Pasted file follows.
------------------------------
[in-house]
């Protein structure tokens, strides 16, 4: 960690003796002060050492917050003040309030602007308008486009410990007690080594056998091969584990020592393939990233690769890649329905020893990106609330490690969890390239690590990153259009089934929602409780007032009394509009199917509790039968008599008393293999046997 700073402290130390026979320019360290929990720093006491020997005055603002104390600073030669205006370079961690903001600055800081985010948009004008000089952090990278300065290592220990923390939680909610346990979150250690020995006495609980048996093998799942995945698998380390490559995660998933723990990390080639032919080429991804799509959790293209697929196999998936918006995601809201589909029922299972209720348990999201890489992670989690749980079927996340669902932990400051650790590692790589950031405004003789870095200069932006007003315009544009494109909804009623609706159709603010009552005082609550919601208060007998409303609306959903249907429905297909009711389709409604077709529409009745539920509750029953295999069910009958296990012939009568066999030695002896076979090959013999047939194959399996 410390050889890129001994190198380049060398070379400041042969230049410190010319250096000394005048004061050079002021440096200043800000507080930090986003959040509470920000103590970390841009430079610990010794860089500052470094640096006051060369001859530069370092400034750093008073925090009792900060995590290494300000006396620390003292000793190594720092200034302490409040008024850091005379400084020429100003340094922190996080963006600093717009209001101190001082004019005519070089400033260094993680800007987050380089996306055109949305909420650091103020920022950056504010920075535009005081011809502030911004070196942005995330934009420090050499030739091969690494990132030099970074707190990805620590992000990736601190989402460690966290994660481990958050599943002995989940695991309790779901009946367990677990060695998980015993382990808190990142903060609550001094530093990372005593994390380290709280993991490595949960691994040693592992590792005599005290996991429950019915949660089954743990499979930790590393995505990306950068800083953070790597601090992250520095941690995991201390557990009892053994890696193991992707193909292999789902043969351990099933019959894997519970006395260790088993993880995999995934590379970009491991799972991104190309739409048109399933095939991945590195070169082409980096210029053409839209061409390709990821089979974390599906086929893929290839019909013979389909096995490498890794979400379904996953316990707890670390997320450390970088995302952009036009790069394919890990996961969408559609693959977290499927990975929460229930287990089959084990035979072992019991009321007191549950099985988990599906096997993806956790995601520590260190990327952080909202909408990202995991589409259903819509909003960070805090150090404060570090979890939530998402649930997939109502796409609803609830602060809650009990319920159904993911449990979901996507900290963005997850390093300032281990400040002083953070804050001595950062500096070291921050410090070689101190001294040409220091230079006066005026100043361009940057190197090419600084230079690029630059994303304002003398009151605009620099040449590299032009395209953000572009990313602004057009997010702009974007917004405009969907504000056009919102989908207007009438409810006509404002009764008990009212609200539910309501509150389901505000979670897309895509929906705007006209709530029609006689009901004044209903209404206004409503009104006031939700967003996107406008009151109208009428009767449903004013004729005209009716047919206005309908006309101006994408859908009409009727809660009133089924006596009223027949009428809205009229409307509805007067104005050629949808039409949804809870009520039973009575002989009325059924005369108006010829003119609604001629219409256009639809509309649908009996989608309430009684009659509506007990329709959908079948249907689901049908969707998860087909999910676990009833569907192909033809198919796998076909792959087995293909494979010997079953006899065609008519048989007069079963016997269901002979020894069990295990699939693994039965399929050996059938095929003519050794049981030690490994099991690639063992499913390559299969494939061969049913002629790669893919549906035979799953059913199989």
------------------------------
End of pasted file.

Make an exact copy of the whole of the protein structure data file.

[in-house]
């Protein structure tokens, strides 16, 4: 960690003796002060050492917050003040309030602007308008486009410990007690080594056998091969584990020592393939990233690769890649329905020893990106609330490690969890390239690590990153259009089934929602409780007032009394509009199917509790039968008599008393293999046997 700073402290130390026979320019360290929990720093006491020997005055603002104390600073030669205006370079961690903001600055800081985010948009004008000089952090990278300065290592220990923390939680909610346990979150250690020995006495609980048996093998799942995945698998380390490559995660998933723990990390080639032919080429991804799509959790293209697929196999998936918006995601809201589909029922299972209720348990999201890489992670989690749980079927996340669902932990400051650790590692790589950031405004003789870095200069932006007003315009544009494109909804009623609706159709603010009552005082609550919601208060007998409303609306959903249907429905297909009711389709409604077709529409009745539920509750029953295999069910009958296990012939009568066999030695002896076979090959013999047939194959399996 410390050889890129001994190198380049060398070379400041042969230049410190010319250096000394005048004061050079002021440096200043800000507080930090986003959040509470920000103590970390841009430079610990010794860089500052470094640096006051060369001859530069370092400034750093008073925090009792900060995590290494300000006396620390003292000793190594720092200034302490409040008024850091005379400084020429100003340094922190996080963006600093717009209001101190001082004019005519070089400033260094993680800007987050380089996306055109949305909420650091103020920022950056504010920075535009005081011809502030911004070196942005995330934009420090050499030739091969690494990132030099970074707190990805620590992000990736601190989402460690966290994660481990958050599943002995989940695991309790779901009946367990677990060695998980015993382990808190990142903060609550001094530093990372005593994390380290709280993991490595949960691994040693592992590792005599005290996991429950019915949660089954743990499979930790590393995505990306950068800083953070790597601090992250520095941690995991201390557990009892053994890696193991992707193909292999789902043969351990099933019959894997519970006395260790088993993880995999995934590379970009491991799972991104190309739409048109399933095939991945590195070169082409980096210029053409839209061409390709990821089979974390599906086929893929290839019909013979389909096995490498890794979400379904996953316990707890670390997320450390970088995302952009036009790069394919890990996961969408559609693959977290499927990975929460229930287990089959084990035979072992019991009321007191549950099985988990599906096997993806956790995601520590260190990327952080909202909408990202995991589409259903819509909003960070805090150090404060570090979890939530998402649930997939109502796409609803609830602060809650009990319920159904993911449990979901996507900290963005997850390093300032281990400040002083953070804050001595950062500096070291921050410090070689101190001294040409220091230079006066005026100043361009940057190197090419600084230079690029630059994303304002003398009151605009620099040449590299032009395209953000572009990313602004057009997010702009974007917004405009969907504000056009919102989908207007009438409810006509404002009764008990009212609200539910309501509150389901505000979670897309895509929906705007006209709530029609006689009901004044209903209404206004409503009104006031939700967003996107406008009151109208009428009767449903004013004729005209009716047919206005309908006309101006994408859908009409009727809660009133089924006596009223027949009428809205009229409307509805007067104005050629949808039409949804809870009520039973009575002989009325059924005369108006010829003119609604001629219409256009639809509309649908009996989608309430009684009659509506007990329709959908079948249907689901049908969707998860087909999910676990009833569907192909033809198919796998076909792959087995293909494979010997079953006899065609008519048989007069079963016997269901002979020894069990295990699939693994039965399929050996059938095929003519050794049981030690490994099991690639063992499913390559299969494939061969049913002629790669893919549906035979799953059913199989």